Army Corps narrowing down new Lake Okeechobee management plan

If you’re fed up with Lake Okeechobee releases or the blue-green algae that sometimes comes with them, you can have your voice heard.

The Army Corps of Engineers is in the process of rewriting how it handles operations and recently released six new possible lake management plans.

For those of us that live on the coast, environmental groups and leaders only want freshwater flows from Lake O when the Caloosahatchee River needs it. They also want to increase water sent south to the Everglades and Florida Bay.

Paul Julian is a data guy. He’s a hydrologic modeler for the Sanibel-Captiva Conservation Foundation.

“I think we’ve learned a lot and there’s still a lot to learn,” he said.

So much to learn about managing Lake O’s water level, which is what the Army Corps is tasked with. It’s not easy, but Julian hopes a new plan can benefit everyone.

“We’re going to optimize the system to get balanced benefits across the entire system. So from Caloosahatchee to St. Lucie, the lake and then flow south, so down to the Everglades,” Julian said.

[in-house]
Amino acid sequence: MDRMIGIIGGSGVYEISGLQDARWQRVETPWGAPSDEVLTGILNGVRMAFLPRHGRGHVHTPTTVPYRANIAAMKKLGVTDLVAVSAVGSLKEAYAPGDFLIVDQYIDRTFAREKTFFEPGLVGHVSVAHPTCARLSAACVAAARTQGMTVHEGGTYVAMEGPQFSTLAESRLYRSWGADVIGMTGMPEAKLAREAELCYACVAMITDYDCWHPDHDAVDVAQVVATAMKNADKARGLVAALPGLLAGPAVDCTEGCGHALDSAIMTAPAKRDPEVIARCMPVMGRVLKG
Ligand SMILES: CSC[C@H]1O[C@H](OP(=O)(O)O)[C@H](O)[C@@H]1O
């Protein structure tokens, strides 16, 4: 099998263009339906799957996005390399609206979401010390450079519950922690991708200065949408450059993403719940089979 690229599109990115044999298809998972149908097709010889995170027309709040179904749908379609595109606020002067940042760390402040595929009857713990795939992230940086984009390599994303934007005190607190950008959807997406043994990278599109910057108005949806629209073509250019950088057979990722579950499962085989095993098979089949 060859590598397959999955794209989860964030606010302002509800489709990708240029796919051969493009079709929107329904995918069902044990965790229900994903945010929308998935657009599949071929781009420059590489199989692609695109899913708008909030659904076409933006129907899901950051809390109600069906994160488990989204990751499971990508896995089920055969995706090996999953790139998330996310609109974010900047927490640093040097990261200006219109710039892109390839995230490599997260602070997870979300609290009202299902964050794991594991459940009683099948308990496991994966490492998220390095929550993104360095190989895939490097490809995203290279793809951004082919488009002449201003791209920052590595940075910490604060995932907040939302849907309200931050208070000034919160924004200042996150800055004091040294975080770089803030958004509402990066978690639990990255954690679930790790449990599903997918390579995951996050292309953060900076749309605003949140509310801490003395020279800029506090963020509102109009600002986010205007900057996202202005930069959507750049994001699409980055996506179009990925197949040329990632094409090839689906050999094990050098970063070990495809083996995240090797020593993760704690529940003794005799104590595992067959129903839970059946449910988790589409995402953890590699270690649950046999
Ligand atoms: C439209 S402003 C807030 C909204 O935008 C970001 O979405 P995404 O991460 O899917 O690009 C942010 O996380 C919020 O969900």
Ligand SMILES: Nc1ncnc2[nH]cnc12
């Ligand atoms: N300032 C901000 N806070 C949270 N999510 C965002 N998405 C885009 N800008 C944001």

Local leaders, like Lee County Commission Chairman Kevin Ruane, are advocating for Southwest Florida.

“We’ll come up with the best recommendation and we’ll be as aggressive as we possibly can be, to really help the citizens and the businesses within Southwest Florida,” Ruane said.

He’s looking at the plans that would enhance our estuary’s ecology by releasing what is considered to be ideal freshwater flows and cutting back on high-volume ones.

“It’s less damaging to the estuaries. We recognize that they have to have a balance,” he said.

In an attempt to strike that balance, people from all across the country representing the outdoor industry sent a letter to Army Corps.

“You’re talking about a $34 billion impact by fishing and boating in the state, and clean water is absolutely critical … without clean water, those industries fail,” said Capt. Daniel Andrews, co-founder and executive director of Captains for Clean Water.

It’s a balancing act, from meeting the needs of people to water supply to protecting the environment.

The Army Corps will host a virtual meeting on Thursday to go over modeling results from the LOSOM plans.

If you would like to send a comment to the Army Corps of Engineers, you can send it to this email address.

Reporter:Stephanie Byrne
Writer:Drew Hill
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